Mark visited Illinois the year the Mississippi flooded. As a participant in the 1993 World Free Fall Convention in Quincy, he took a Springfield excursion which turned into two decades on the prairie, far from San Francisco where he hung his wit.
Mark was a fearless voyager through life. He loved to take risks, learn and explore. The Big Kahuna led him through death’s door, but Mark would be the first to repeat his infamous words, “It’s OK. Everything will be all right.” He did not believe this is all there is.
I met Mark during open mic at Barnes and Noble in ’96. His words, including all those four-letter ones, were as honest and unpretentious as the man. He pushed out some of the most real poetry since Bukowski, and one of the most appealing chapbook covers in town. Mark’s gift for conversation, language and connecting was fueled by experience, self-study and an insatiable quest for knowledge and understanding. Coupled with a great memory and a smile that embraced you, he could converse about anything – sports, literature, history, politics, health, food, music, geography.
He knew the facts; he had the story. One memorable tale was hitchhiking up the West coast to Alaska. An Indian in an old truck gave him a ride and offered, “You know, all blue-eyed people are from outer space.” Mark had striking blue eyes that sometimes looked fluorescent. Mark dreamt of being an astronaut or at least would list that as his occupation on forms.
As a boy he wanted to be a priest. Instead, he became a yogi. He earned the title Yoga Siromani from The International Sivananda Yoga Vedanta Centre after living on an ashram in upper New York state.
He once wrote, “I like to read, travel and work.” After he made Springfield home, we joked about work at Quality Lighting; he sold light to folks. If you remember a salesman with a head of hair like Don King’s or Einstein’s, who limped and brazenly urged you to “buy my stuff” – that was Mark MacDonald. He told it like it was.
When MS took away his ability to work, I suggested he teach yoga again. He noted, “No. I am not a good example in a wheelchair.” At that point, he had already made meditation, readings, breathing and chair exercises and the quest for enlightenment his daily routine. Tough as nails from growing up in Queens, he was one of the most thoughtful, gentle and caring people I ever met. He was proud to be of Clan Donald Illinois and St. Andrew Society of Central Illinois. I was just proud to know this unique and considerate human being.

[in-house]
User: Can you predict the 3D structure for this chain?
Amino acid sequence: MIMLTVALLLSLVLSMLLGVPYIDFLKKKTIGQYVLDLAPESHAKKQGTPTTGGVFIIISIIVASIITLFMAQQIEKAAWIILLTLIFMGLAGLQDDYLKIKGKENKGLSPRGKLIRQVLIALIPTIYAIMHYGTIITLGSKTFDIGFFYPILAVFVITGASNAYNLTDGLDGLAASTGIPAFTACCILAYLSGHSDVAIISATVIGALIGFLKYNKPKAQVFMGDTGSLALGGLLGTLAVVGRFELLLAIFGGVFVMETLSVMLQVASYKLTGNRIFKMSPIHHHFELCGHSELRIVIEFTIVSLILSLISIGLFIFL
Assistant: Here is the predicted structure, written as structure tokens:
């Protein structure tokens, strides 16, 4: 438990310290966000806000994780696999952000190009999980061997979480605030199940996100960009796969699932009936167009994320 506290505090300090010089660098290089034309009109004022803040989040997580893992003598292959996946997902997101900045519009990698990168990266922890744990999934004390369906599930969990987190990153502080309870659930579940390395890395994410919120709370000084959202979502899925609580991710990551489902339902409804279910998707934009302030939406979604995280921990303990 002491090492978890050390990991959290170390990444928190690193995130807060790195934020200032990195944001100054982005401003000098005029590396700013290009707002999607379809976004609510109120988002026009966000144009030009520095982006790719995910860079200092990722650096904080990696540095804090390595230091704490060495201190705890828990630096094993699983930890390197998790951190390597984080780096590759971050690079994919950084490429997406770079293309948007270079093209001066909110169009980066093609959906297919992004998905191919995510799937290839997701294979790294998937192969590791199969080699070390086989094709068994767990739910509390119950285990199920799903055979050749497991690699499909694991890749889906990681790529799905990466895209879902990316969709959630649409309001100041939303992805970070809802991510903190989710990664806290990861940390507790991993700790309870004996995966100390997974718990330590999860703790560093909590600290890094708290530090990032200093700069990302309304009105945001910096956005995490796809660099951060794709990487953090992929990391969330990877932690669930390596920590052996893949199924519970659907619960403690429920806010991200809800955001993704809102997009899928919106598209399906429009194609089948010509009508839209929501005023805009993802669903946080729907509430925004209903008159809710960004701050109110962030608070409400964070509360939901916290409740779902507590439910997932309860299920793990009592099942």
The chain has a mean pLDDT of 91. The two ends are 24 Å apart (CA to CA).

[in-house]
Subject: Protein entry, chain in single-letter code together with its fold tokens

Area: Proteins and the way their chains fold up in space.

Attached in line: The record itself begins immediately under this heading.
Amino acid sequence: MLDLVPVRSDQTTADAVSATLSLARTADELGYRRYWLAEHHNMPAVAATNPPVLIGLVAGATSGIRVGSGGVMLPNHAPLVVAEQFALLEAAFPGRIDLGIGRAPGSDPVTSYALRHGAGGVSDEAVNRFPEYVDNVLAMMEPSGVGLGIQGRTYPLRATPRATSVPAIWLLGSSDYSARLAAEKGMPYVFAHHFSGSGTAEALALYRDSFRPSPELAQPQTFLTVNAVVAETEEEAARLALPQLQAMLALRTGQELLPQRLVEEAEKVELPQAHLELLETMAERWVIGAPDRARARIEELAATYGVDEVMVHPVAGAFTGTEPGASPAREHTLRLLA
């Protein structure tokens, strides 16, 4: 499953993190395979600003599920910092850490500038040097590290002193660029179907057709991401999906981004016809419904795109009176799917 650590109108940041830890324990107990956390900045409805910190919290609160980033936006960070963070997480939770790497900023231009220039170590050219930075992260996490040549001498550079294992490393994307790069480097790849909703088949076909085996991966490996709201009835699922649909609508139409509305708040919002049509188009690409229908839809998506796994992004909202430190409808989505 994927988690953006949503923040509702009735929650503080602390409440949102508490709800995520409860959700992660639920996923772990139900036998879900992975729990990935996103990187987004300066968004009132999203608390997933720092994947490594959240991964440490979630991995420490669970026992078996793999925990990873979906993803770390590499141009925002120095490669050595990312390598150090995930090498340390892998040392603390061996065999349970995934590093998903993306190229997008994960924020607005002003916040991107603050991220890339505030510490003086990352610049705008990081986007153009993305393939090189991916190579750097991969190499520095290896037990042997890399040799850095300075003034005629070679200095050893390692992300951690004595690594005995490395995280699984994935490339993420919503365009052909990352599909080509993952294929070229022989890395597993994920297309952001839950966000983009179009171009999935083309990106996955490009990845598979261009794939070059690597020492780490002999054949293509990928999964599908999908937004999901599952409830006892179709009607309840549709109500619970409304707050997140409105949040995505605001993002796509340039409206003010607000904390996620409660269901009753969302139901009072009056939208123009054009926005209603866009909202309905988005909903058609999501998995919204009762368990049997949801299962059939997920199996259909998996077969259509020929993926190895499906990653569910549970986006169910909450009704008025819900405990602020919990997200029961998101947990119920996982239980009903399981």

Mark’s MS took away more than one person should have to deal with. An incurable, unpredictable disease, MS strips nerves of their myelin coating, causing scar tissue, basically short circuiting talk between brain and body. It can cause extreme fatigue, spasticity, bladder, vision and other annoying to serious-but-manageable symptoms. Most will have some disability. While women are two to three times more likely to have MS, men tend to have more rapid and extensive disability. Mark went from walking to walker to wheelchair in the 16 years we were together.
When writing was more difficult and his voice slurred, there were phone calls and scratches on paper including this poem, Now That I’ve Been Crippled: “look ma no hands / I amuse myself / comparing my problems with the / other members of the club / it will get better / good vibes man, I tell myself.” Many of you may have received strange calls with my name on caller ID. It was my man desperate to be out in the world. Thank you for listening. Later, he fought bouts of pneumonia, aspirating liquids. But he never gave up, rarely complained, laughed often and was a teacher until the end.
He taught me vocabulary, to think further outside the box, to be more mannered, curious and giving. Notebooks of poems and ideas remain – ideas, his way of giving. Because he was a minimalist, there’s not much left – a passport, words and memories. He gave me the greatest gifts a man can give a woman – to know I was loved completely – the chance to lie in his arms each night and morning – and a desire to be a better person. We were blessed with a relationship that trumped the disease.
That included talking about anything, including what we wanted at the end of our lives. We urge you to talk with your spouse and family immediately about these things even if you’re not sick. Write the answers down. For guidance, find a questionnaire. Some funeral homes have them online. Keep this document with your will.
For those facing end-of-life decisions, explore the pros and cons of dying at home and a hospital. Mark wanted to die at home, not in a hospital bed hooked up to a machine. He was brave until the last of life was sucked from his body. Hospice was informative and supportive. I read everything I could find. I still wish we had talked even more. Don’t go bravely or blindly go into that good night. Talk about death and dying now. Talk.
Mark wrote: “I was watching / a fly die / the on rushing of winter / it climbed the window / in search of its last flight / fell off the pane / now lies silent on the sill / and fools buy insecticide.” He always knew what to say: “Do your best. Don’t hurt anyone as you go through life. Leave happy, smiling people.” From his poem, “Anita”: “But while I’m still in this bag of bones / I wanta say / you been awful good to me / that means something / remember I try to give as good as I get / it’s one of my rules.” And he did. Lekker sliepe, lover. Gracias. Blue skies, smiles and turas math dhut! –Anita Stienstra